April 10, 2016
Thanks to Mother Earth’s mild manners this winter, we were able to get several projects prepared for plaster and start-up early this spring! That, along with a regularly busy spring and summer ahead has inspired this post, as proper care of new plaster is vital to the aesthetics and longevity of your surface!
The plaster finish that is applied over the concrete shell is what we refer to as a “biological system” – it’s not actually “alive,” but we use the term because it is quite vulnerable early on. As such, it is important to follow an appropriate start-up procedure. DP&S will typically handle the initial step for the pools and spas that we build, but you will have a bit of responsibility as the new owner after we hand over the reins! We’ll cover the entire process and detail the responsibilities of both parties here so that you are best informed Immediately after applying the plaster finish:
- DP&S will begin filling the pool. The pool should be filled as quickly as possible, without stopping. Use multiple hoses if possible. Do not allow water from the hose to spray directly onto the fresh plaster (we will apply a sponge to the end of the hose to keep it afloat as the pool fills).
- DP&S will add muriatic acid to dissolve some of the plaster “dust” and to maintain proper pH and start the circulation system with the appropriate bypasses to ensure there are no above-ground leaks.
*Note – all of this information will also be shared with you at start-up…these are the cliff notes for your reference!
- Brush the entire pool once a day for the first week and at least once a week for the rest of the first month – more often is better. Make sure to brush the entire plaster surface. Brush from the top of the walls down and from the shallow to the deep end to knock off any loose plaster dust.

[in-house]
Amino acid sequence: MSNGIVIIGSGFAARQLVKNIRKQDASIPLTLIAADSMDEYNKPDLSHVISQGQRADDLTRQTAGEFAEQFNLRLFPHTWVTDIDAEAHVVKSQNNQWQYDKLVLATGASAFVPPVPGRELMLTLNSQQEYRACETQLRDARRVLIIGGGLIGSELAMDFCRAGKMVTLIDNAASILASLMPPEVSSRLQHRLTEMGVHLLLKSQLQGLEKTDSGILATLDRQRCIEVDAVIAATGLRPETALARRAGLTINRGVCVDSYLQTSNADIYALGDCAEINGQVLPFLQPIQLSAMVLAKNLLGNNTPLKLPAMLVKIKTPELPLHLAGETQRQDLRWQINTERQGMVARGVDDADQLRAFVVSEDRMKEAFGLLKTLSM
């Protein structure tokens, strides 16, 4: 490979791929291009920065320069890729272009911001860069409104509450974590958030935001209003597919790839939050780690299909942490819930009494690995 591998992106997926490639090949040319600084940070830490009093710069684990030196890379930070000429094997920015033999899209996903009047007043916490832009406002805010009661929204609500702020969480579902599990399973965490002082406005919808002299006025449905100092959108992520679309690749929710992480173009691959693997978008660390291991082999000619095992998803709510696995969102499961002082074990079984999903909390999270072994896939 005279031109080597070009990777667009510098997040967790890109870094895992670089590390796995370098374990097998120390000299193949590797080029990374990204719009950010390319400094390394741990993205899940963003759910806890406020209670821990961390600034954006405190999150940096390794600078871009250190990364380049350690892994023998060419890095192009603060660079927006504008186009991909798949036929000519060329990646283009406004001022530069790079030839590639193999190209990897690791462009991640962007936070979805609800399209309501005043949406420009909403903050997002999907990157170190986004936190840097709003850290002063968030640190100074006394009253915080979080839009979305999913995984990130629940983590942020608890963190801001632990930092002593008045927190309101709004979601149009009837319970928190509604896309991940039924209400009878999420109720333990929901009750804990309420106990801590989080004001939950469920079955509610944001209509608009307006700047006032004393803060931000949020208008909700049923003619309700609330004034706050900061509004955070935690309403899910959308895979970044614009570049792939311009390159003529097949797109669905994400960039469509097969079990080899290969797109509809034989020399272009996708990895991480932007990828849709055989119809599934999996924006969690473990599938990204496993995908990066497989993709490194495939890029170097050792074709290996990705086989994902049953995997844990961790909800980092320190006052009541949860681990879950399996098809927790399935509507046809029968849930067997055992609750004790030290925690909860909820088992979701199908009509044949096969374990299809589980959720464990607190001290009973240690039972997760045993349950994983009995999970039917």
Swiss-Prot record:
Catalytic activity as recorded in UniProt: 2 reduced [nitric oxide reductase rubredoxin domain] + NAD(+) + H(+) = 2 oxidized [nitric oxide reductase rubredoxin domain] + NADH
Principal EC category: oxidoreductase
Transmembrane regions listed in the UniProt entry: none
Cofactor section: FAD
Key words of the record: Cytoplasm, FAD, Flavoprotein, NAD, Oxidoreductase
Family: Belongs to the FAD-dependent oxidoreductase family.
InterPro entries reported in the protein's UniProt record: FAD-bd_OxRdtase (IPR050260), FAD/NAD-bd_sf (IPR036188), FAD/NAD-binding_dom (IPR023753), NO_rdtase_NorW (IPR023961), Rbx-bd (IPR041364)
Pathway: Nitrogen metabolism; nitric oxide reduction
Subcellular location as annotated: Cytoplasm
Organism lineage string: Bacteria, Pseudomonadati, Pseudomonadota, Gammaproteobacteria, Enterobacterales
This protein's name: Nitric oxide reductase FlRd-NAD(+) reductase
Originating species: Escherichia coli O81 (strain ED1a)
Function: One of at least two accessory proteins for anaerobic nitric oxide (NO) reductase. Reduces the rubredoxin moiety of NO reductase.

- Continue to monitor pH and add acid as required for at least 30 days – pH should remain at or below 7.8.
- Do not vacuum or shock the pool during the first 30 days.
- If you have a salt-water generator, do NOT add salt, or turn on the SWG, until 30 days after the plaster was applied – you will operate via chlorine sanitation during this time.
- Do not use any automated cleaning system, buit-in or robotic, during the first three weeks.
- Avoid prolonged standing or scraping in any particular spot on the floor.
The keys are brushing and maintaining a proper pH as often as possible for the first 30 days, and about once a week for the remainder of the first swim season. For the first year, your pool will probably require periodic dosing of muriatic acid, as the curing plaster is very basic. The responsibilities on your end are very manageable, but their importance cannot be stressed enough. So long as you stay on top of these things particularly in the first swim season, you will enjoy a beautiful, consistent finish for many years to come.